‘Watch_Dogs’ Game, Chicago: Hack People’s Lives, Cameras Are Your Friend

Amanda Warren
Activist Post

“What will you do…with that kind of power?”

There are no words to describe a personal reaction to this extended video game preview for Watch_Dogs, available on multiple systems, May 27th, by Ubisoft. Video games, for years now, have been a great covert way to train young ones into military jobs like drone operation or crime units hunting for “domestic terrorists.” But now everyone gets a chance to be a paranoid, trenchcoat-mask-wearing hacker vigilante – there’s something hiding in everyone…Security cameras are your friends…

“For the first time, cameras are your friend. You can hack them to attract enemies and start messing around with them to bring people to where you want…,” explained the creative director, last year.

Game description, see more:

Set in Chicago, where a central network of computers connects everyone and everything, Watch_Dogs explores the impact of technology within our society. Using the city as your weapon, you will embark on a personal mission to inflict your own brand of justice. 

Chicago’s overarching network is known as the Central Operating System (ctOS), and it controls almost all of the city’s technology and information – including key data on all of the city’s residents. 

You play as Aiden Pearce, a brilliant hacker and former thug, whose criminal past led to a violent family tragedy. While seeking justice for those events, you’ll monitor and hack those around you by manipulating the ctOS from the palm of your hand. You’ll access omnipresent security cameras, download personal information to locate a target, control traffic lights and public transportation to stop the enemy… and more.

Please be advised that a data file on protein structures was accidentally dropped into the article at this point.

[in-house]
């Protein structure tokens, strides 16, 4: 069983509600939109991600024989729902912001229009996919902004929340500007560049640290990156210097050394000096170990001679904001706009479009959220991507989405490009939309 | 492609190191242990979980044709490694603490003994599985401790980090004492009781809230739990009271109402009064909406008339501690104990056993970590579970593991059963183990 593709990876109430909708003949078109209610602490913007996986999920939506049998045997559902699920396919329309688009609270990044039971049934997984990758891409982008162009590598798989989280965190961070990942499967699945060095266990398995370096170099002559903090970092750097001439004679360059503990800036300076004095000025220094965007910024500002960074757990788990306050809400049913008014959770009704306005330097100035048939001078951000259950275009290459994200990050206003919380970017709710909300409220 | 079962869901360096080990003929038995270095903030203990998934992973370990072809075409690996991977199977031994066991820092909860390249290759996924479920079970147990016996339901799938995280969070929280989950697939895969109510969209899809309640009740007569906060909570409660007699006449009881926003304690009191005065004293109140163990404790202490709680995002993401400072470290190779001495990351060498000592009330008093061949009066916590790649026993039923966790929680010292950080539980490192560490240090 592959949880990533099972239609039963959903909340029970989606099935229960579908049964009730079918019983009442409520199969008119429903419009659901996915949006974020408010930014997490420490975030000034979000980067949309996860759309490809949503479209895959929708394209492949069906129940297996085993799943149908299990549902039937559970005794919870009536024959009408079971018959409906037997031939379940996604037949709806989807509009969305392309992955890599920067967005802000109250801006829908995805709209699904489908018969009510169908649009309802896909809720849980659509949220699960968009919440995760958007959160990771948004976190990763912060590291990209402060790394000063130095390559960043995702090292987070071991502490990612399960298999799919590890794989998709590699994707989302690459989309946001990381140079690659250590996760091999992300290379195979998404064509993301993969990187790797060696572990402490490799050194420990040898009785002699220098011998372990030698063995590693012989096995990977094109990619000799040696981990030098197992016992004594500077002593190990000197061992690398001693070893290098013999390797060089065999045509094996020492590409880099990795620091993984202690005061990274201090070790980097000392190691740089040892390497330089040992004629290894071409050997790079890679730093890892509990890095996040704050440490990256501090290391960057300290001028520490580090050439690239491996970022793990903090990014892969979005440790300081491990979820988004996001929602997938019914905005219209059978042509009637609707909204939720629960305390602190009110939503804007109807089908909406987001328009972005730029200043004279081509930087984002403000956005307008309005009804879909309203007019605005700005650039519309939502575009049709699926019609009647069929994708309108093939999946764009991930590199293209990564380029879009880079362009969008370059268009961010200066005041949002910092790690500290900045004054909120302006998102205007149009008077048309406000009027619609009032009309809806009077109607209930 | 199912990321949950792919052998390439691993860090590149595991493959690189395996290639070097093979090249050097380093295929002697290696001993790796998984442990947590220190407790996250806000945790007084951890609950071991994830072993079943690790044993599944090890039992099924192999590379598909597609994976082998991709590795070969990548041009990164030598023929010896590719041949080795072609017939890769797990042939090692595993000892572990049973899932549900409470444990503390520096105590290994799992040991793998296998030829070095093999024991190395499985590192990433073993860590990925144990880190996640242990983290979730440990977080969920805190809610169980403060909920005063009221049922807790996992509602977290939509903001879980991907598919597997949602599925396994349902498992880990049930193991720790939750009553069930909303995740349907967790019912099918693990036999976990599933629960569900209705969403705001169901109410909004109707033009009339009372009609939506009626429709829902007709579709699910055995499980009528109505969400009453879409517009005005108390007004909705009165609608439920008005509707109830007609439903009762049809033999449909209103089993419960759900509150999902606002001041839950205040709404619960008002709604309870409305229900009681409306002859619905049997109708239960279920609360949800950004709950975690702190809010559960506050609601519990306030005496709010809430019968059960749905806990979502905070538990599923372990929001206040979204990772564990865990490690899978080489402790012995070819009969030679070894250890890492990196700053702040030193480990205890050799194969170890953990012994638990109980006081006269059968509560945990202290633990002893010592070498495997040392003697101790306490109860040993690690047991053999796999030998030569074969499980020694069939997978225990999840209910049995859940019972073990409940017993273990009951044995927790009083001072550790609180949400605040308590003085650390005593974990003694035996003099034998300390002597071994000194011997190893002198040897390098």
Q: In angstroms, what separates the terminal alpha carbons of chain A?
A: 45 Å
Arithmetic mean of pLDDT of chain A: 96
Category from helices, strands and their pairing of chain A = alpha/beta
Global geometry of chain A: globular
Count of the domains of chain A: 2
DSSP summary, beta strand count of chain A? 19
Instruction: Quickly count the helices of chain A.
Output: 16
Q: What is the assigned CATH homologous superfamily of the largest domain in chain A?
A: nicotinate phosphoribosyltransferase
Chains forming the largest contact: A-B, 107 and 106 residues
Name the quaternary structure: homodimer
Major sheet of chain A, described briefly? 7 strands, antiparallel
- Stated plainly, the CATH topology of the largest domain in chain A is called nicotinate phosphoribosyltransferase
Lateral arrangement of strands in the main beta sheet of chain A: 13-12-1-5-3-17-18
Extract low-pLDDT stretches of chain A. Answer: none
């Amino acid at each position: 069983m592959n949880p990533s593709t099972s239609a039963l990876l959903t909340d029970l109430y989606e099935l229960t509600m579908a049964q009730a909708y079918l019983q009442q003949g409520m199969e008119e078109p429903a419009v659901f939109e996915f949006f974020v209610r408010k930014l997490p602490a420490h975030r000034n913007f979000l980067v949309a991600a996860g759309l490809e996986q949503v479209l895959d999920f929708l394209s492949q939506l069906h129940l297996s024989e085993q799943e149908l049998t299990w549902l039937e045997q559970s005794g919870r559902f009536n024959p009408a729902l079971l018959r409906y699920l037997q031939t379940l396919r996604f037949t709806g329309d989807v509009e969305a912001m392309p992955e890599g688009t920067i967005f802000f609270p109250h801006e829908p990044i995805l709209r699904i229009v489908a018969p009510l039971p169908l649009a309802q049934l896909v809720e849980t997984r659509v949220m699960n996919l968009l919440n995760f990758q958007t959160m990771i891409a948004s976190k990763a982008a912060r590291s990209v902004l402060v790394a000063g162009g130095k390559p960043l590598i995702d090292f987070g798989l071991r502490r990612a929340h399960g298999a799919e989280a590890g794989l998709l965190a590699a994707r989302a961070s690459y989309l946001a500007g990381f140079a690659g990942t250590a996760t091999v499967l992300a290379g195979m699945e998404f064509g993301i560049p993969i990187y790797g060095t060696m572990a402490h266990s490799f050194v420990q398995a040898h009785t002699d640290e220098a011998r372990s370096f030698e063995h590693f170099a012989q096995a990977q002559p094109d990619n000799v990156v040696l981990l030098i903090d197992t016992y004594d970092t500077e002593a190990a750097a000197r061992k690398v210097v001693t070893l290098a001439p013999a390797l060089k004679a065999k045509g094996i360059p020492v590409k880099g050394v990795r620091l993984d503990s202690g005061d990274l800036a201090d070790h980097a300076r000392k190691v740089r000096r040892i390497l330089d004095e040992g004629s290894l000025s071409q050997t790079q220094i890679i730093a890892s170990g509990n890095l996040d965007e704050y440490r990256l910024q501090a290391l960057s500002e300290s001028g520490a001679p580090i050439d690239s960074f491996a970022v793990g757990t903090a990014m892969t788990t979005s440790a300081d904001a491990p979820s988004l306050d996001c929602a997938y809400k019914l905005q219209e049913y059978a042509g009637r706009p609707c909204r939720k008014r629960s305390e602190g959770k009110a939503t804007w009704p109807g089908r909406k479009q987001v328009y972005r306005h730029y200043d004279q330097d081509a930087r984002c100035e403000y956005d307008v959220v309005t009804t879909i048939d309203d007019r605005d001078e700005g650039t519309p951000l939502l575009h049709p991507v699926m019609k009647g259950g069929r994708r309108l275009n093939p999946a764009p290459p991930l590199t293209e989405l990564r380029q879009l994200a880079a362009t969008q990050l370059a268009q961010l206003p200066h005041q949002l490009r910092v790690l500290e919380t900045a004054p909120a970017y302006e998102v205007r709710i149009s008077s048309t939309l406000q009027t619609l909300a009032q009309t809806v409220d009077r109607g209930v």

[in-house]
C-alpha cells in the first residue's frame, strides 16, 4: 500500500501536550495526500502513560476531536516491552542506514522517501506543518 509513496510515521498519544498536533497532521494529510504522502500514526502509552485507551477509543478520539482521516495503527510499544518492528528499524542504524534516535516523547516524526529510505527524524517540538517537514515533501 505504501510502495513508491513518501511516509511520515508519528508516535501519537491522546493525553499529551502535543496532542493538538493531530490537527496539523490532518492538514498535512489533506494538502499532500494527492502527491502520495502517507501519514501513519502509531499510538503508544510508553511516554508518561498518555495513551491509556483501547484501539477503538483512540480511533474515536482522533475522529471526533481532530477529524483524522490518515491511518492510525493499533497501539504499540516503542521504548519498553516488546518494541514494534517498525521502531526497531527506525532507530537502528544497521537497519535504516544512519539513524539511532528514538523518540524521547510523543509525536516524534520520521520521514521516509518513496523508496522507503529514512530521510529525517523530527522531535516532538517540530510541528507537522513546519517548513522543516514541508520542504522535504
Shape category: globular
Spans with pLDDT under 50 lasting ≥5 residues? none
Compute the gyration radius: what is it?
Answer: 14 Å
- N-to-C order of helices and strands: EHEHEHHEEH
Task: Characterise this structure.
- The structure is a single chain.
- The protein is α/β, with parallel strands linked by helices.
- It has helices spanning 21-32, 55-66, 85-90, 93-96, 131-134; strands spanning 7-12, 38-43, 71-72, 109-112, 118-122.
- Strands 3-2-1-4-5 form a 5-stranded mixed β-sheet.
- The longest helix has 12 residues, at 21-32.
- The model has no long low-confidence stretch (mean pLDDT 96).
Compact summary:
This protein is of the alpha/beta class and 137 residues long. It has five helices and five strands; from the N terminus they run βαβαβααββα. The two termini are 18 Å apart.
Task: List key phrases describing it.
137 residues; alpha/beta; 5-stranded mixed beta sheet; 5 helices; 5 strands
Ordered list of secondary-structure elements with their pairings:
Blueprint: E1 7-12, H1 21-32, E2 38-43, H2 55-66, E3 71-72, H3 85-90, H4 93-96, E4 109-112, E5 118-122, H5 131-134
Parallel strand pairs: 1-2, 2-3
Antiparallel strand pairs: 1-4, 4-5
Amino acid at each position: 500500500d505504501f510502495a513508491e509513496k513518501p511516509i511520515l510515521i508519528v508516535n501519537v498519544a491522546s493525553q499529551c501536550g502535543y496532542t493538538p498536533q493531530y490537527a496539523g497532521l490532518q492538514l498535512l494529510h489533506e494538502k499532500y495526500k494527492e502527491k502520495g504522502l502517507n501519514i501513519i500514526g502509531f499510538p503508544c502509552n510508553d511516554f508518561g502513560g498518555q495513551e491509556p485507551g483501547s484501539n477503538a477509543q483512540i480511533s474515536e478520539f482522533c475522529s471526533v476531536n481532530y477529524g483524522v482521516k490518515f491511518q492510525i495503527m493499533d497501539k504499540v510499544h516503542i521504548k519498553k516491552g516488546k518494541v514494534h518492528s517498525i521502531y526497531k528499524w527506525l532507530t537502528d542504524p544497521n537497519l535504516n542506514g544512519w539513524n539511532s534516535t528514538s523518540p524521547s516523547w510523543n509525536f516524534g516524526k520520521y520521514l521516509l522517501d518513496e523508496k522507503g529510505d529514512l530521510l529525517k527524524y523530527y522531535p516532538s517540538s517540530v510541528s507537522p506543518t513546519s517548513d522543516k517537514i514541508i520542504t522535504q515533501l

It appears that other people playing this game can also, in a sense…hack you. Other players can be lurkers too, and move into your role-playing reality game in real time and mess with you. “Anyone can be your enemy.” In this oxymoronic storyline, you enlist the help of other thug criminals for justice to help you take out the enemy, downloading everyone’s information along the way. What’s difficult to ascertain exactly, is just who is the enemy is in this rated M for Mature game.

The “Welcome to Chicago” trailer boasts:

Everything and everyone is connected. You can hack into anyone’s life. Tap their phones, their music, their accounts…Identify criminals, disrupt communications, roadways. Infiltrate private homes. 

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[…] 

You have control over a vast digital network [shows main character remotely causing city to black out]

At the same time, people will react intelligently to your choices and the police and media won’t like what you’re doing.

The character has a lengthy and tragic backstory which is supposed to explain his obsession with surveillance…

A viral marketing scheme is underway called “Digital Shadow” that, with your permission, “hacks” into your Facebook account, collects all your activity and builds a complete dossier of you, as if you were an assassin’s target, explains HuffingtonPost.

The game has been ostensibly highly anticipated for awhile, but it’s a little strange that it’s not only set in Chicago, but that the trailers for it are going viral in the wake of Chicago’s emerging pre-crime surveillance lists and the “bloody Easter” shooting spree, with the announcement of a new federal crime unit. This game isn’t exactly a marketing ploy for Chicago, which attempts to boast of questionable “steep declines” in crime rates, but is painted in the game as the backdrop for festering criminality.

Is this game supposed to give vicarious power to individuals who may feel powerless living among random crime and trusting their lives to militarized law enforcement? Can you make heads or tails of the psychologically mixed messages of a game that dehumanizes the people you manipulate or kill (but know everything about their unique identity) and says, “the city is our weapon”?

This is what I was met with when I went to the game site for more info. No thank you.

The game and character logo – nothing to see here, folks – just random symbols:

Related Activist Post Article:
Predictive Programming in “Homefront Occupation” Video Game Trailer?

Recent articles by Amanda Warren


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